|Born||7 October 1933 (age 88)|
|FIDE rating||2405 (December 2021)|
Penrose was born in Colchester. Learning the game at age four, he was a member of Hampstead Chess Club at twelve and British Boys (Under 18) Champion at just fourteen years of age. Chess was played by the entire Penrose family. His father was a composer of endgame studies and a strong player, as was his older brother Oliver.
By the age of seventeen, he was already acknowledged as a top prospect for British chess. Playing Hastings for the first time in 1950/51, he beat the French champion Nicolas Rossolimo and at Southsea in 1950, defeated both Efim Bogoljubov and Savielly Tartakower. In 1952/1953 he shared the first place at Hastings with Harry Golombek, Antonio Medina García and Daniel Yanofsky.
|This section uses algebraic notation to describe chess moves.|
Penrose earned the International Master title in 1961 and was the leading British player for several years in the 1960s and early 1970s, surpassing the achievement of Henry Ernest Atkins by winning the British Championship a record number of times. He was widely considered to be of grandmaster strength, but did not achieve the grandmaster title during his active playing career, despite some notable victories. This was mainly due to his choosing to remain amateur and placing his lecturing as a first priority. As a consequence, he played few international tournaments and frequently turned down invitations to prestigious tournaments such as Hastings. Nevertheless, FIDE made him an honorary grandmaster in 1993.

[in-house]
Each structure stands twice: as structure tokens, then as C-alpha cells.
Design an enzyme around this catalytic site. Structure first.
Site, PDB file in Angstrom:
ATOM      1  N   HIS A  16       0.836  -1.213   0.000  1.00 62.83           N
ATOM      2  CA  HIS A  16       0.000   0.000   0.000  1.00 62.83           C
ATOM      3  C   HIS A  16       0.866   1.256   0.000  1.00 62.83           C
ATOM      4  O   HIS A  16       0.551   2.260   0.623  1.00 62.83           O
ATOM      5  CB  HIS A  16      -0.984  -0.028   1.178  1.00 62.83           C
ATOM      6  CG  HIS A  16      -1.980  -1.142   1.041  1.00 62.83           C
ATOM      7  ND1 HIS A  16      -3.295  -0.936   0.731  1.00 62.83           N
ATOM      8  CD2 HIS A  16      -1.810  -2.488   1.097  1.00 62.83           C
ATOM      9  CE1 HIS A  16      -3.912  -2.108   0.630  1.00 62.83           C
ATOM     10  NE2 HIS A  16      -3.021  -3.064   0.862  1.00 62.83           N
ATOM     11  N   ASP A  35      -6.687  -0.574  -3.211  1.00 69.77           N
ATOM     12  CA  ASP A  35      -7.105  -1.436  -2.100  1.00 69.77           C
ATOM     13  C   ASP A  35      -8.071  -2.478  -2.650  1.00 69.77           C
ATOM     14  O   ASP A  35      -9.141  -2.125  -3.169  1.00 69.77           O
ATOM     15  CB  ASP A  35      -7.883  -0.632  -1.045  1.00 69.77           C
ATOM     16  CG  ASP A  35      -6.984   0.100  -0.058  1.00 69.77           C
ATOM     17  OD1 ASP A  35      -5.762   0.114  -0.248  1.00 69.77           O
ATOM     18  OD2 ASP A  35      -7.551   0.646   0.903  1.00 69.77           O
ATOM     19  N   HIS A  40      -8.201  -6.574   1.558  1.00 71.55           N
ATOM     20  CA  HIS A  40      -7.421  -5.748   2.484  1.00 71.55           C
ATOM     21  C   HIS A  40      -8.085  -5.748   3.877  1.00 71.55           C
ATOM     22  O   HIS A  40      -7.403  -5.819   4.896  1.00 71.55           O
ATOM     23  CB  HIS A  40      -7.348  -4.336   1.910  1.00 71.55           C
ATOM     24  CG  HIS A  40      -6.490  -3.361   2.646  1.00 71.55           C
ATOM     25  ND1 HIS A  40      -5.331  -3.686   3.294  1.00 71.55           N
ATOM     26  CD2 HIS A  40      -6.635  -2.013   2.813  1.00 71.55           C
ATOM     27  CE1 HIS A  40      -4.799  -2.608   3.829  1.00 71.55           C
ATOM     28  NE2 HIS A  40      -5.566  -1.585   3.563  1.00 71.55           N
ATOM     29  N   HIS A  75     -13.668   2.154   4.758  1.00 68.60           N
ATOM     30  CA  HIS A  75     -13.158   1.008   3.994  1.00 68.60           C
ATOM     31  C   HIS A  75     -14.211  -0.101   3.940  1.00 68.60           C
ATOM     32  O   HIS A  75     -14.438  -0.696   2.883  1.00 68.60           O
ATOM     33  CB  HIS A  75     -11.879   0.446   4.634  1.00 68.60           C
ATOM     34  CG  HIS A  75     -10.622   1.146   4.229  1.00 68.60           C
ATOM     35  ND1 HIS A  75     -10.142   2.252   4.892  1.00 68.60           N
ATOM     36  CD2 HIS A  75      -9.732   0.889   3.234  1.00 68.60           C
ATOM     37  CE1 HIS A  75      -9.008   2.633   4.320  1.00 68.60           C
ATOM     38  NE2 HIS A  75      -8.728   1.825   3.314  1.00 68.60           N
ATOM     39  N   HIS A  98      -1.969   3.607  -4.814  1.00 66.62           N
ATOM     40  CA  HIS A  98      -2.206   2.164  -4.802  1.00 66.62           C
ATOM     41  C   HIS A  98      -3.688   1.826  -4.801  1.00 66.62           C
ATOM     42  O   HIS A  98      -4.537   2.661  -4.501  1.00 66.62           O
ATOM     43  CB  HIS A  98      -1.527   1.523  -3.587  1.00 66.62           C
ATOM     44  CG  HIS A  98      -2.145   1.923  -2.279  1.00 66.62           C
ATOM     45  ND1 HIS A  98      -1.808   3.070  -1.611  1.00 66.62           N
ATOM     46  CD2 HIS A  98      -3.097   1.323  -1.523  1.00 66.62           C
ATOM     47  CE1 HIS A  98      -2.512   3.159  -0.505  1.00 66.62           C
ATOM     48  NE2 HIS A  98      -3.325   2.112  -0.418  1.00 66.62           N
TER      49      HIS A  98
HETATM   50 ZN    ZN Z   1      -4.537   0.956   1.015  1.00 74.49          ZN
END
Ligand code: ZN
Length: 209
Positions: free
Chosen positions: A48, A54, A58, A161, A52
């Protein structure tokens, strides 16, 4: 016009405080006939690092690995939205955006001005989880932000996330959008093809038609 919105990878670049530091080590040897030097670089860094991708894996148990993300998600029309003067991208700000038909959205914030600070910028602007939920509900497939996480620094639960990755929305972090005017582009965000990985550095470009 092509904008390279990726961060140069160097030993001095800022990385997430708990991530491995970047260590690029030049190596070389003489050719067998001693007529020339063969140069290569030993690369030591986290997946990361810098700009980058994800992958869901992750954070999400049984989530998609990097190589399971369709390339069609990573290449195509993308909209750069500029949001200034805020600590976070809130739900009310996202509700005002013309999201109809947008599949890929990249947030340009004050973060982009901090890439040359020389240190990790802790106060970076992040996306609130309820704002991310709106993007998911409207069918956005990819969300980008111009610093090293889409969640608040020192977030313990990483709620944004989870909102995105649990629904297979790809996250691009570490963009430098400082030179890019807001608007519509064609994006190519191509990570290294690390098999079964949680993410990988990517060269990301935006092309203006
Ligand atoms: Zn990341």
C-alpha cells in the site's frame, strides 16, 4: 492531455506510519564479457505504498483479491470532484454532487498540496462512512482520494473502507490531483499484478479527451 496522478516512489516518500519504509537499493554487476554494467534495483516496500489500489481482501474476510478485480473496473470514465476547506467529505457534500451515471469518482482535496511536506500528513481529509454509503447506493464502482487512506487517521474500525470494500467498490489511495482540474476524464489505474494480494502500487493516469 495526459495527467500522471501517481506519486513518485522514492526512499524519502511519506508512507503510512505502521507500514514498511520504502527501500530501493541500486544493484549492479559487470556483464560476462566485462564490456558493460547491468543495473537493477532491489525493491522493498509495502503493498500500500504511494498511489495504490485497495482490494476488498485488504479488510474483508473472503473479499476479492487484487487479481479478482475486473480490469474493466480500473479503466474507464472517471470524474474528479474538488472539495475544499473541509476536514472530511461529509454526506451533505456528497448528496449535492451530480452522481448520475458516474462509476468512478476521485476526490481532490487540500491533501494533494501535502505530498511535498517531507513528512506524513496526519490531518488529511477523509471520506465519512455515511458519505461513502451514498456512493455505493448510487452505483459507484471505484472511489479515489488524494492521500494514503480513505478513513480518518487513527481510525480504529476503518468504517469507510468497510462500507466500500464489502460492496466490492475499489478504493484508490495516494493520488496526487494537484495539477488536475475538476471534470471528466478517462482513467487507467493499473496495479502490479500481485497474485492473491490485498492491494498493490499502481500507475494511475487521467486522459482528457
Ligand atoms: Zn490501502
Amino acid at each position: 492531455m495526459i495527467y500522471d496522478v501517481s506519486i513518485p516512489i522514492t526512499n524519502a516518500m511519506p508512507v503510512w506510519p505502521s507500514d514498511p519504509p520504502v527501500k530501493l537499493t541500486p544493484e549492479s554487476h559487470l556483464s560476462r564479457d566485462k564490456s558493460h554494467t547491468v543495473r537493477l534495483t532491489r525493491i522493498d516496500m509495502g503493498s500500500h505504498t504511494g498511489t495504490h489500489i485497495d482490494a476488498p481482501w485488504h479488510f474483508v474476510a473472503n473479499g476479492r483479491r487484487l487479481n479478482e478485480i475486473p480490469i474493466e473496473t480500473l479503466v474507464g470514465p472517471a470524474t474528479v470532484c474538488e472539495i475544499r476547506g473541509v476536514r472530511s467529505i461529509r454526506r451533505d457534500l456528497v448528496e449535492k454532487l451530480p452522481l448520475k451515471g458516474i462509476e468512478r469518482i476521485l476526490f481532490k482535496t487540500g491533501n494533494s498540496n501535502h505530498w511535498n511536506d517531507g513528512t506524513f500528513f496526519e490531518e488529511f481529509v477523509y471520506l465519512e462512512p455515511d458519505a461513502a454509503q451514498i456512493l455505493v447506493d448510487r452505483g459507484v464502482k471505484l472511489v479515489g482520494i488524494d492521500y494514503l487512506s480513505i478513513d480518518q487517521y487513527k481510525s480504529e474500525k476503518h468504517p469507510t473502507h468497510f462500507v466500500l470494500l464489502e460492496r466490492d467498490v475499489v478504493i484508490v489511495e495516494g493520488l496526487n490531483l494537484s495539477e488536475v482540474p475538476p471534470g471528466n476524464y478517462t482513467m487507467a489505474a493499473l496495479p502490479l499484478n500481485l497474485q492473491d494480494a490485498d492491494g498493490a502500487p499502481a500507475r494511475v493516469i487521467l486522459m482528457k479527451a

He competed in eight Chess Olympiads between 1952 and 1962, then at the Olympiads of 1968 and 1970, frequently posting excellent scores, including +9−1=7 in 1962 (Varna), and +10−0=5 in 1968 (Lugano). On both of these occasions, he won an individual silver medal on first board; in 1968, his score was bettered only by the World Champion, Tigran Petrosian.
1.d4 Nf6 2.c4 e6 3.Nc3 c5 4.d5 exd5 5.cxd5 d6 6.e4 g6 7.Bd3 Bg7 8.Nge2 O-O 9.O-O a6 10.a4 Qc7 11.h3 Nbd7 12.f4 Re8 13.Ng3 c4 14.Bc2 Nc5 15.Qf3 Nfd7 16.Be3 b5 17.axb5 Rb8 18.Qf2 axb5 19.e5 dxe5 20.f5 Bb7 21.Rad1 Ba8 22.Nce4 Na4 23.Bxa4 bxa4 24.fxg6 fxg6 25.Qf7+ Kh8 26.Nc5 Qa7 27.Qxd7 Qxd7 28.Nxd7 Rxb2 29.Nb6 Rb3 30.Nxc4 Rd8 31.d6 Rc3 32.Rc1 Rxc1 33.Rxc1 Bd5 34.Nb6 Bb3 35.Ne4 h6 36.d7 Bf8 37.Rc8 Be7 38.Bc5 Bh4 39.g3 1–0.
Penrose suffered from nerves, and he collapsed at the 1970 Olympiad in the midst of a tense game. Consequently, he moved on to correspondence chess, where he was successful, earning the International Master (IMC) title in 1980 and the grandmaster (GMC) title in 1983. He led his country to victory in the 9th Correspondence Olympiad (1982–1987).
He is the son of Lionel Penrose, a professor of genetics, the grandson of the physiologist John Beresford Leathes, and brother of Roger Penrose, Oliver Penrose, and Shirley Hodgson. He is a psychologist and university lecturer by profession, with a PhD. Penrose has two daughters from his marriage to Margaret Wood.
He was awarded the OBE in 1971.
- "The Penrose Family: Scientists and Chess Players". Chess News. 2020-10-08. Retrieved 2021-07-11.
- Jonathan Penrose rating card at FIDE
- Barden, Leonard (26 April 2013). "Michael Adams beats world champion Vishy Anand for second time". The Guardian. Retrieved 12 September 2018.
- "9th CC Olympiad Final". International Correspondence Chess Federation. Retrieved 25 April 2018.
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- Sunnucks, Anne (1970). The Encyclopaedia of Chess. Hale. ISBN 0-7091-1030-8.
- Gizycki, Jerzy (1977). A History Of Chess (revised ed.). Abbey Library. p. 60. ISBN 0-7196-0086-3.